A reader writes:
Never mind depression; Ketamine has already found important clinical use in emergency departments. We use it all the time for “procedural sedation” – when we want to make patients comfortable before reducing a dislocated shoulder, fixing a broken bone, or maybe incising a draining a painful abscess. It starts working quickly after injection, acting as a powerful analgesic but also putting patients into a trancelike state. It wears off quickly, too – and patients won’t remember the event procedure, afterward.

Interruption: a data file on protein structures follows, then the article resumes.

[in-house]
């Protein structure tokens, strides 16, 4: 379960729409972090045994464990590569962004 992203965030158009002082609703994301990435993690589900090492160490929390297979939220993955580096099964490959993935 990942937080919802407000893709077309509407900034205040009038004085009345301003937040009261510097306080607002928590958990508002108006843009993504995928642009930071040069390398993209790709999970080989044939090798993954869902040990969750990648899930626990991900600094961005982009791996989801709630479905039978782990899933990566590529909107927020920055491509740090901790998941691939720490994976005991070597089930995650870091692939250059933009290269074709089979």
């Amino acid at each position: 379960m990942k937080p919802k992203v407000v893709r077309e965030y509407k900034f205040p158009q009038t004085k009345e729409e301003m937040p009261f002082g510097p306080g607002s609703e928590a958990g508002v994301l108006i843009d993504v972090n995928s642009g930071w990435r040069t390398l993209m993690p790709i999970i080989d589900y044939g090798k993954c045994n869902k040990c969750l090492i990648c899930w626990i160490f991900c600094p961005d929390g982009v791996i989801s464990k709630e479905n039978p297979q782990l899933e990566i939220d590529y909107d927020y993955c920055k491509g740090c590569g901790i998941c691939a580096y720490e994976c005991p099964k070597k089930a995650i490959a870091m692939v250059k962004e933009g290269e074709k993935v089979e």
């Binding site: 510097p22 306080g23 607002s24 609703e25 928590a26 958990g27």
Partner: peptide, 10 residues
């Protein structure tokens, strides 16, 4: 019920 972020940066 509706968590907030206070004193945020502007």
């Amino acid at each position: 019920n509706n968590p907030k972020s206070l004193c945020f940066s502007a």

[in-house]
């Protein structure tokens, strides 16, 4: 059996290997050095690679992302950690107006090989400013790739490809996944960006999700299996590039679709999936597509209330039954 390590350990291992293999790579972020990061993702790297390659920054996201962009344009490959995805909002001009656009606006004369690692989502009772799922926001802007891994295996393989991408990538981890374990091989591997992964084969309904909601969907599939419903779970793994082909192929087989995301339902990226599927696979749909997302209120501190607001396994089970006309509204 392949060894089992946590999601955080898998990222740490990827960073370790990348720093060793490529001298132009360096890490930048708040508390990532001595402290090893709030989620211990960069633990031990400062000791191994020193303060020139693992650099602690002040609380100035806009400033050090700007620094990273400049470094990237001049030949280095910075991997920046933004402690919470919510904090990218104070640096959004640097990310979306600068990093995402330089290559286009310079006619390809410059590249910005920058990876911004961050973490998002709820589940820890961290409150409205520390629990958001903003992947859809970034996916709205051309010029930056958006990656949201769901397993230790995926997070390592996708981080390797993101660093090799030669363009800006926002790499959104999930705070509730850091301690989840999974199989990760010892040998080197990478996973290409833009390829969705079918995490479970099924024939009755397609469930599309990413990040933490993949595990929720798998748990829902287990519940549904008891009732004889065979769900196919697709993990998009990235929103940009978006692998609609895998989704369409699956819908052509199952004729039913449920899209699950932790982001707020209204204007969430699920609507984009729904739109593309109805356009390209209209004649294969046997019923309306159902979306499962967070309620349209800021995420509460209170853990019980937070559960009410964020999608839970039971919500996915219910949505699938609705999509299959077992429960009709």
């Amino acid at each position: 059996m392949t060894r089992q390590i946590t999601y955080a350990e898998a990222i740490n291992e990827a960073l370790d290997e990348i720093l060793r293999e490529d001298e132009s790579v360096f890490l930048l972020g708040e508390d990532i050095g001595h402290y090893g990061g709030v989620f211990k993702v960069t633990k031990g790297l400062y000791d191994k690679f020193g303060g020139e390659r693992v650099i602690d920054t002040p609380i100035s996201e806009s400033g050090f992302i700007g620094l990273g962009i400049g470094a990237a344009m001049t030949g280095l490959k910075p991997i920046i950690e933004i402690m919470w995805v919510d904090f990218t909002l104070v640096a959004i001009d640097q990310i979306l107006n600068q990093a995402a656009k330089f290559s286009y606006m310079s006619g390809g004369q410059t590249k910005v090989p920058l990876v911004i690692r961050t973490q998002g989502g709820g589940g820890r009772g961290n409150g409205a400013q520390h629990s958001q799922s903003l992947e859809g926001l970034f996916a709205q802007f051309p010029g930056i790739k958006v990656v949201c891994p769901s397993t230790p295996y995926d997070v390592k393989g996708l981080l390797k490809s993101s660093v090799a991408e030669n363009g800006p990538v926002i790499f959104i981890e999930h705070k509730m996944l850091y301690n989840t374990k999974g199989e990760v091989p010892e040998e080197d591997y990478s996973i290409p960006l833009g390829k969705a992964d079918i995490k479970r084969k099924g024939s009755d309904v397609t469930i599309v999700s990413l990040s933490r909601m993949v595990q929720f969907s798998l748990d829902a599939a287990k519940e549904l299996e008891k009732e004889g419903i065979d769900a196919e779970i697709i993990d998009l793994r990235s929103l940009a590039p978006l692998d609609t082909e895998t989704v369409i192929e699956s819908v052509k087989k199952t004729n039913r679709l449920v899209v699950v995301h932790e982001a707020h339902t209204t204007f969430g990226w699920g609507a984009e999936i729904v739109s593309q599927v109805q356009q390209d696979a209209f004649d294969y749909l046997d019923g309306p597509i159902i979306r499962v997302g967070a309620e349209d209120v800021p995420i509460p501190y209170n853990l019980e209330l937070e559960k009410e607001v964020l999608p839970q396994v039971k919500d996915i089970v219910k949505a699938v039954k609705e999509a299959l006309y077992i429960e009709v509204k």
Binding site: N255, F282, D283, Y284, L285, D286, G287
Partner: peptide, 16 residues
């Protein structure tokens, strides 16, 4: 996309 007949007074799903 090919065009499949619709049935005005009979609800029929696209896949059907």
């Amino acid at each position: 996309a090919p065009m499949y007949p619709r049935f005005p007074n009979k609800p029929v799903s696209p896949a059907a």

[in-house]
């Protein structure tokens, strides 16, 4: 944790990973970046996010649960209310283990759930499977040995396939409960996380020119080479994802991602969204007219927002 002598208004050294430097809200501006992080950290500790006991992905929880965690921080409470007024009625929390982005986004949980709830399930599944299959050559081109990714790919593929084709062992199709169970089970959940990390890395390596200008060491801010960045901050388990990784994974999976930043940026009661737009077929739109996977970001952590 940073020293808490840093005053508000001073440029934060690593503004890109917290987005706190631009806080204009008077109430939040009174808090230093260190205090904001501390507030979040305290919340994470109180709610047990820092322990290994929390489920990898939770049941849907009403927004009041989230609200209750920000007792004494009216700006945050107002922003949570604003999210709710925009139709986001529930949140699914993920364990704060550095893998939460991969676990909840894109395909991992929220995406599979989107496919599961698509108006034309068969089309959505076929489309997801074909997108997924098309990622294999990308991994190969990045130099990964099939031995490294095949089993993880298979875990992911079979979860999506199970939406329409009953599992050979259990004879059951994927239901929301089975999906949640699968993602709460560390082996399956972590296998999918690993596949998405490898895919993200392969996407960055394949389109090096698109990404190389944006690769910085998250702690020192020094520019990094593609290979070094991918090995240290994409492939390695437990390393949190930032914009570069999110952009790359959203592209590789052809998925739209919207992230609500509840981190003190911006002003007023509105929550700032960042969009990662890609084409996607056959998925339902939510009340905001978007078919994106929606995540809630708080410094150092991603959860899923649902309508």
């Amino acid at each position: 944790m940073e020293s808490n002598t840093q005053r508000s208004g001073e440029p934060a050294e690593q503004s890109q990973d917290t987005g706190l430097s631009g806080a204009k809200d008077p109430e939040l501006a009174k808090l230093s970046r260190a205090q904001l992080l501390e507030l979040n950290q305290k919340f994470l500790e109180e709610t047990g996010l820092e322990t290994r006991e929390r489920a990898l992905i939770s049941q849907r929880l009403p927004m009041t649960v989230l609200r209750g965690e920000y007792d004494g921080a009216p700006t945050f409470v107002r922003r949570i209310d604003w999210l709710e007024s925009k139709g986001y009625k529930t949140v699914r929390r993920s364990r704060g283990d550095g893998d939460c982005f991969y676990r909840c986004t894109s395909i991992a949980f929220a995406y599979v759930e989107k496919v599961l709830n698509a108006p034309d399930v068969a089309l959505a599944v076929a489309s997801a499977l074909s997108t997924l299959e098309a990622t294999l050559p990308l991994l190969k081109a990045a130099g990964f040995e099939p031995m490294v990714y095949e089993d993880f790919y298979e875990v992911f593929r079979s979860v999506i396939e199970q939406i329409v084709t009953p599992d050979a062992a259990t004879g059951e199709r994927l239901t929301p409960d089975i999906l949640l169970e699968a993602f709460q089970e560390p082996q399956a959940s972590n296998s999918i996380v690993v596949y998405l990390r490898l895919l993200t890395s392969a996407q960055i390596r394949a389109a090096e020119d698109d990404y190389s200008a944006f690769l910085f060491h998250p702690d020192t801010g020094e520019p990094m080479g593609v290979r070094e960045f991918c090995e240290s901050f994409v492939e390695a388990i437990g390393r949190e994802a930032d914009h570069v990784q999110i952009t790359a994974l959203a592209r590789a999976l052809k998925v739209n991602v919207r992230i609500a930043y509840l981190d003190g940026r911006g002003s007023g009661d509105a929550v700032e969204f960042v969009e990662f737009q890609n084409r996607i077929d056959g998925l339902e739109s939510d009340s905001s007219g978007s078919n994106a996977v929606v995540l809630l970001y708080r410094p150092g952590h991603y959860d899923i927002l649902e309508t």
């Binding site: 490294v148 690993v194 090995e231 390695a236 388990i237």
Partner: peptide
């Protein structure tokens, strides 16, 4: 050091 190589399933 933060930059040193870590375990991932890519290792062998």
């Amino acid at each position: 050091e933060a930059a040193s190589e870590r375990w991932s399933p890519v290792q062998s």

Ketamine is safer than etomidate for blood pressure regulation during procedures, and doesn’t carry the same risk as the old standby, fentanyl and versed, on respiratory depression. One risk of ketamine is called an “emergence phenomenon” – really a bad trip, Sometimes patients emerge from the sedation very agitated and confused. To prevent this, we usually give a small dose of a benzo and patients feel fine.